Wednesday, December 4, 2013

Out Of The Closet

My boss just passed by my office, popped his head in, and asked if I was "feeling strong". Sometimes he can be so vague and hard to read, but I think he may have been asking if I was doing well emotionally, handling the infertility stuff OK. See, I finally broke down and told him last week.

I've spent a lot of time writing about how open I should be with people and much more time thinking about it. Over the past several weeks, the positive aspects of keeping silent began to be overshadowed by the complications. First there were the awkward conversations. Then there was me being less reliable than my usual-worker-bee-self. Finally, with the advent of injectable medications, was the need to change around my work schedule to accommodate the vastly increased medical appointments.

My concerns were many. I didn't want people to look at be different or pitty me. I didn't want to seem broken or damaged or somehow less capable as a psychologist because I'm going through a personal issue. I am not invincible, despite how much I try to convince myself of this. I didn't want awkward conversations and inappropriate questions. I surely didn't want advice. Once you get past all this fortune telling, the pragmatic issue of "how" and "when" were also concerns. This isn't usually something that just comes up in conversation. When people ask how I'm doing, my initial response is the obligatory "good, and you?" rather than seizing that moment to explain how I really am. I still remember in my Russian class in high school, the teacher told us that in Russia, when people ask how you are, they are not just doing it as a form of greeting but are truly interested in the response. But we're not in Russia.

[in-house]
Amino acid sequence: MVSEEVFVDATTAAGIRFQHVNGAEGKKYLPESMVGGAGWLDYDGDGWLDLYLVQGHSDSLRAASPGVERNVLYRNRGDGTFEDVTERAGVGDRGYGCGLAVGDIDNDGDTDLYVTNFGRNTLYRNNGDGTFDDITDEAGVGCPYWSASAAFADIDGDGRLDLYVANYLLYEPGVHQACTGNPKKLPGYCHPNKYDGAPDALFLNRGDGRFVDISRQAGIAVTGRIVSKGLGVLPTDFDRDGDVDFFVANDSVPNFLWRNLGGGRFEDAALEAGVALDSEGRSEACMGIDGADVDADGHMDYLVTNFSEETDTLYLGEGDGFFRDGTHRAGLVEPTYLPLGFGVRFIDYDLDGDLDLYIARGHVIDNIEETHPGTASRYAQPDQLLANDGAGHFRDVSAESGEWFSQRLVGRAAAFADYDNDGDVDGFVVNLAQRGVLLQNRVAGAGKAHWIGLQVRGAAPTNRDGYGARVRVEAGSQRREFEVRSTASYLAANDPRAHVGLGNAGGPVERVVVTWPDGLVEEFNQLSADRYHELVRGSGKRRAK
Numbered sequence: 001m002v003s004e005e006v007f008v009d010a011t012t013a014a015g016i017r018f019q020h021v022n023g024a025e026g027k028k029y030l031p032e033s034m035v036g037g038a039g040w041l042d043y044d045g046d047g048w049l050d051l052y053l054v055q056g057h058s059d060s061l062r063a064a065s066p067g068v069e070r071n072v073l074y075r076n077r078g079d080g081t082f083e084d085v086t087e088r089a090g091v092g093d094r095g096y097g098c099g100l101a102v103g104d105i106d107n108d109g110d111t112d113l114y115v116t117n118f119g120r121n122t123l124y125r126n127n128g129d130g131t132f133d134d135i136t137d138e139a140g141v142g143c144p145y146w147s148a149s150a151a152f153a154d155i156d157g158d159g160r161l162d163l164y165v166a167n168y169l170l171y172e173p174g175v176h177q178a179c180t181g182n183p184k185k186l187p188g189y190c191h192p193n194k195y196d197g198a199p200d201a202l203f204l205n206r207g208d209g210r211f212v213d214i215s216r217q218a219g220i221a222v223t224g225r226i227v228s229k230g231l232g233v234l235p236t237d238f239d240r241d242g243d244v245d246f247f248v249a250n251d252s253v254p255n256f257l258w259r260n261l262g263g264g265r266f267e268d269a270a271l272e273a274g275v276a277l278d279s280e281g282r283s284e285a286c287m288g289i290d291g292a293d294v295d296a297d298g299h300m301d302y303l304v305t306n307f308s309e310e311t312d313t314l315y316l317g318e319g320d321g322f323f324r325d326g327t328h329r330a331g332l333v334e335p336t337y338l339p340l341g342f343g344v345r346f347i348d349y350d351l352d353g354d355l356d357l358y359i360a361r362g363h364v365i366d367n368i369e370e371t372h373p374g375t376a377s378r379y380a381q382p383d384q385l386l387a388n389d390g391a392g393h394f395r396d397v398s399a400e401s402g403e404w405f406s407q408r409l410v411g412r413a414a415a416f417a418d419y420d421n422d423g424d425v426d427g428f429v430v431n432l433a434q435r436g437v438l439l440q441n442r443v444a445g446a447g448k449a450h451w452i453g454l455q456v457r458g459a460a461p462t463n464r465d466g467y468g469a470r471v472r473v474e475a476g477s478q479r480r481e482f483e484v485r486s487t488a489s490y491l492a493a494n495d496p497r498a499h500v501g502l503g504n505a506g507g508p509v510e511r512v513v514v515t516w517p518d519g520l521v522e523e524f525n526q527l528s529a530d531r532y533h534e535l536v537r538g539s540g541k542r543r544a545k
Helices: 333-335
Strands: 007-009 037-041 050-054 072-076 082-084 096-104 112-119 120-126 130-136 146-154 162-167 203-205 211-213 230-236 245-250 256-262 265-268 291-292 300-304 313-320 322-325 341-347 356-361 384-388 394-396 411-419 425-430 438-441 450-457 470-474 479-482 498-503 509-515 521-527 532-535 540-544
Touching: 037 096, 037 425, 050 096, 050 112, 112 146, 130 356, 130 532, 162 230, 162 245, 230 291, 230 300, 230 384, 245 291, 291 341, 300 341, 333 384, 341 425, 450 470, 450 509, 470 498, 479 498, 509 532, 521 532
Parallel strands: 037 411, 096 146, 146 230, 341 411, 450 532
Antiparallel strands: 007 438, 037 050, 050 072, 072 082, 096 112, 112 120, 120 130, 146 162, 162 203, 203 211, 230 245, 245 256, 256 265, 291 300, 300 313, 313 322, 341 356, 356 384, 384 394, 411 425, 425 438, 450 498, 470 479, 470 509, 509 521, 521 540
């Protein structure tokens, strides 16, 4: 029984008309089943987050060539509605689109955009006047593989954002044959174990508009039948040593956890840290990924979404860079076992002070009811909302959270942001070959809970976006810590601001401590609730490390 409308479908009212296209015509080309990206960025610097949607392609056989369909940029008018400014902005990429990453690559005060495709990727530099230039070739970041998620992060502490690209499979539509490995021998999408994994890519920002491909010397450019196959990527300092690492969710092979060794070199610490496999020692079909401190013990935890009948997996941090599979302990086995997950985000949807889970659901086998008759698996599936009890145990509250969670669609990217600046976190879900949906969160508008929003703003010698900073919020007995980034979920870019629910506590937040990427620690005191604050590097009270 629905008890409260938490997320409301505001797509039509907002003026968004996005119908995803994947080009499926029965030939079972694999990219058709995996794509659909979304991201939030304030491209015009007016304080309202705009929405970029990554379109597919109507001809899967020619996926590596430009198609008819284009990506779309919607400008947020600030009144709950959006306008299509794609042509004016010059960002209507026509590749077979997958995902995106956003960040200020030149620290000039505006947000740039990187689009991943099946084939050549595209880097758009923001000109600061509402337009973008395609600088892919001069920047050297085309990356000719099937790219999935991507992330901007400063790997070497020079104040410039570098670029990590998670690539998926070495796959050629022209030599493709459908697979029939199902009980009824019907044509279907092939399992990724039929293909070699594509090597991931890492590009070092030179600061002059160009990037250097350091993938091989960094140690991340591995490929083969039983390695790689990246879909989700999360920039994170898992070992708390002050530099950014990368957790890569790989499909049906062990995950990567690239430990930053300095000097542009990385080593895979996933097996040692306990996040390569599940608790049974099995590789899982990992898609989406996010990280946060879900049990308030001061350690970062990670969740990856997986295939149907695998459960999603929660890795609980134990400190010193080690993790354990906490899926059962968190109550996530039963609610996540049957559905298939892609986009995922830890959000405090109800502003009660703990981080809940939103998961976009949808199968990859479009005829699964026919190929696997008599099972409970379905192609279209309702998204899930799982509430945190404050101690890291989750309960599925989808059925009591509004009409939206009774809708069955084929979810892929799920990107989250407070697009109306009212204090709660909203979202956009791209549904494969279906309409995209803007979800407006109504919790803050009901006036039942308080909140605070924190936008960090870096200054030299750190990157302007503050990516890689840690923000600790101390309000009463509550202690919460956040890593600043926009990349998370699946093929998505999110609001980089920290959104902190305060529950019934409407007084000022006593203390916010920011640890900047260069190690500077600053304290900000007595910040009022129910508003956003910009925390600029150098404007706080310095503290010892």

First I told two co-workers. It happened during a day that I was trying to figure out how to rearrange my patients to fit in an appointment of my own. They asked how I was doing, really asked, and I told them I was exasperated. Then I told them why. I talked about it in a matter-of-fact, scheduling issue, sort of way. They asked about which doctor I was seeing and this lead to insurance coverage. Then they both said they hoped for the best and we changed the subject. Very nonchalant.

Then I told a different co-worker and one of my mentors at work. This happened on the day of a very stressful patient issue. I was emotional anyways because of the medicine and then this catalyst resulted in a complete emotional breakdown, the kind that hurts your chest and makes it hard to breathe. My co-worker "caught" me in the middle of this and I explained that my emotions were probably heightened because of the medicine but also that something very upsetting was happening. She gave me a lot of guidance and support on the work situation and then she asked about the medicine. Her first response was, "But you're so young!" to which I replied, "Yeah, but my body still doesn't work." After that, she asked about what medications I was on and who I was seeing for care and if I was happy with him*. She was pretty knowledgeable about different medications and the process overall, which was nice. I think this conversation ended by returning to talk about the patient issue again.

So that leads up to the boss. Personally, I love him as a boss but it's sometimes difficult to imagine him as a fellow psychologist. He's very abrupt and goal-oriented and not-warm-and-fuzzy. The first two years I worked here I was downright terrified of him, but less so now. We just don't have many heart-to-hearts. I knew that I would have to have some type of "excuse" to bring it up, and needing to change around my schedule provided just that. Now the silly thing is that I've changed my schedule around for other reasons on numerous occasions and have never gotten his permission. He's basically said not to waste his time with these types of things as long as I continue to have the same level of productivity. But this was the best excuse I could come up with so it took it. He called me into his office to give me support for the patient issue that he heard about from my other colleagues and I told him there was something else I wanted to talk to him about. I fumbled with my words. It was awkward. In the end I said something to the effect that due to increasing infertility treatments and appointments I will need to change around my schedule and maybe cancel an occasionally patient, but I will try to have make a minimal impact on work and patient care.